Monday, 2 December 2013

SUDAN: Concerns Over Religious Freedom Grows As Lawyer Flees.

Christian Solidarity Worldwide (CSW) is concerned at the continuing deterioration in freedom of religion and belief in Sudan, following reports that a Sudanese lawyer and religious freedom advocate has fled the country after enduring months of pressure and harassment from the authorities

Morning Star news reports that Nahmia Ibrahim Omer Shaloka, a Christian Lawyer who promoted religious freedom in Sudan, fled the country after receiving threats to his life from National Intelligence and Security Services (NISS) operatives, who required him to report to their offices daily. He was initially arrested on 27 May at his home in Khartoum by the NISS and interrogated for eight hours, particularly about conducting workshops on religious freedom and reconciliation in Sudan. His personal documentation, computer modem and laptop were also confiscated.  

News of Mr Shaloka’s flight comes at a time when Sudan’s Christians are experiencing continuing repression. Since December 2012 there has been an increase in surveillance, harassment and detentions of local Christians, and the deportations of many foreigners linked to Christian institutions, including several Sudanese Christians who were deported to South Sudan.  The authorities have also destroyed church buildings in the Khartoum area, raided religious institutions and closed down several church-affiliated institutions.

The harassment of Mr Shaloka may herald further restrictions on freedom of religion or belief for followers of minority faiths. The interim constitution recognises Sudan's multi-ethnic and multi-religious character, with Shari’a law as a source of law.  However, in 2011, President Omar al Bashir announced that following the secession of South Sudan, a new constitution would be drafted based on Shari'a law alone not considering the fact that  International law allows States to limit some rights in exceptional circumstances, which are outlined in Article 4 of the ICCPR and explored in some detail in the Human Rights Committee’s  General Comment NO. 29, specifically at paragraph 7. However, certain rights cannot be limited even in the event of an emergency. Article 18 of the ICCPR, the right to freedom of religion or belief, is one of the rights designated as non-derogable.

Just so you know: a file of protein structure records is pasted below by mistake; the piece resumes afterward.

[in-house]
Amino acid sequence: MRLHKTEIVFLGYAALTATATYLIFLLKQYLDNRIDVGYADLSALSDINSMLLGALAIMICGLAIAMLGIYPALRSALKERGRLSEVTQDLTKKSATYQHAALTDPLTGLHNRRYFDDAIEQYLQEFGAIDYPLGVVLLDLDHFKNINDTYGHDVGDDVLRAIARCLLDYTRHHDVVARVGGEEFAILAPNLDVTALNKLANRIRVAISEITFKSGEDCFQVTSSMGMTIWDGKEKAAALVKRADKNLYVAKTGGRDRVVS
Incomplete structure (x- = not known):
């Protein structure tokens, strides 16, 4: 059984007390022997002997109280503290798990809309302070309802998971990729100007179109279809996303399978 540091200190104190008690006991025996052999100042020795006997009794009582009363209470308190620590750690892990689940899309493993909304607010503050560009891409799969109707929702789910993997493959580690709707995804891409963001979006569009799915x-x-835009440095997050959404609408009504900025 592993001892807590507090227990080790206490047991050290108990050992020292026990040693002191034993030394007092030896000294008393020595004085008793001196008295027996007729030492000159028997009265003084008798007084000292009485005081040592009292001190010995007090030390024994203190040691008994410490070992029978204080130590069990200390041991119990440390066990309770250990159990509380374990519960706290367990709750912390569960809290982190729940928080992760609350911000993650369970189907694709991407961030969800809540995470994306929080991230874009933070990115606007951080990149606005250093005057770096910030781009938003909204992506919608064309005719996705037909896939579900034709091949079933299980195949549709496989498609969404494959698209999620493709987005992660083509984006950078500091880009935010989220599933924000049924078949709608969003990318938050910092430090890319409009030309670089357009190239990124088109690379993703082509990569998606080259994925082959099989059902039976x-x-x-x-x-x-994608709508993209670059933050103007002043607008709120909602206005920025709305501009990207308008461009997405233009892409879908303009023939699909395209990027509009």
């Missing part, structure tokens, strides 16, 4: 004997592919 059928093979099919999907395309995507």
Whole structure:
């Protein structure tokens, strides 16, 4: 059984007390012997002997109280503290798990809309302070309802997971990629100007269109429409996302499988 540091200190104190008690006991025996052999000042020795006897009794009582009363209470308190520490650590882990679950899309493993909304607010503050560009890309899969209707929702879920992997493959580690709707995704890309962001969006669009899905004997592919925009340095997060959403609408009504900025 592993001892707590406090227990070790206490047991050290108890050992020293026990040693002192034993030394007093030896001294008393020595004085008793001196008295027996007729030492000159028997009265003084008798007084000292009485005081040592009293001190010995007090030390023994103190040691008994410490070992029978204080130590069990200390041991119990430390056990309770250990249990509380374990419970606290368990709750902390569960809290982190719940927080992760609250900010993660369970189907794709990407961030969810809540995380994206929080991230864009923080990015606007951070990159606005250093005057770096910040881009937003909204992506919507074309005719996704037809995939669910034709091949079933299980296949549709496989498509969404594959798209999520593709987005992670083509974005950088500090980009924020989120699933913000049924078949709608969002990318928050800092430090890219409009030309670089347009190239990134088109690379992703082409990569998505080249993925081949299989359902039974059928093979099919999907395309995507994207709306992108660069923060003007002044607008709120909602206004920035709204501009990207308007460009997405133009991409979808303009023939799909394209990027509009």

The drafting of the new constitution has remained a relatively closed process primarily involving the ruling National Congress Party (NCP). In April the government invited members of the main opposition party; the Democratic Unionist Party (DUP), to join the constitutional drafting committee following calls from the opposition for an opening up of the process. But in October, DUP leader Mohamed Osman al-Mirghani announced that the joint committee established to discuss the drafting of the new constitution had been suspended, and called for all opposition parties and armed groups to be included in the process. Other key constituencies, such as civil society groups, are yet to be included, raising concerns as to whether the final draft will reflect Sudan’s religious, ethnic, social and political diversity.

In October, during a consultative coordination meeting with the Islamic Council of South Sudan in Khartoum, state minister at the Ministry of Guidance and Endowments Mohamed Mustafa al-Yakooti described South Sudan’s secular system as “positive”, commending the fact that Muslims faced no coercion to adopt a particular ideology and were free to proselytise. However, he stopped short of advocating a similar approach towards religious minorities in Sudan.

Christian Solidarity Worldwide Chief Executive Mervyn Thomas says "A constitution based on Shari’a Law should be implemented only after a genuine popular consultation and consensus, and exemptions should always be made for those of other faiths. Freedom of religion or belief is a non-derogable right and the Sudanese Government must uphold it both in practice and in the new constitution. CSW urges the international community to continually hold Sudan to its commitments under the International Covenant on Civil and Political Rights (ICCPR), particularly articles 18, 19, 21 and 22, which guarantee freedom of religion or belief, freedom of association, press freedom and freedom of expression for all of Sudan's citizens."

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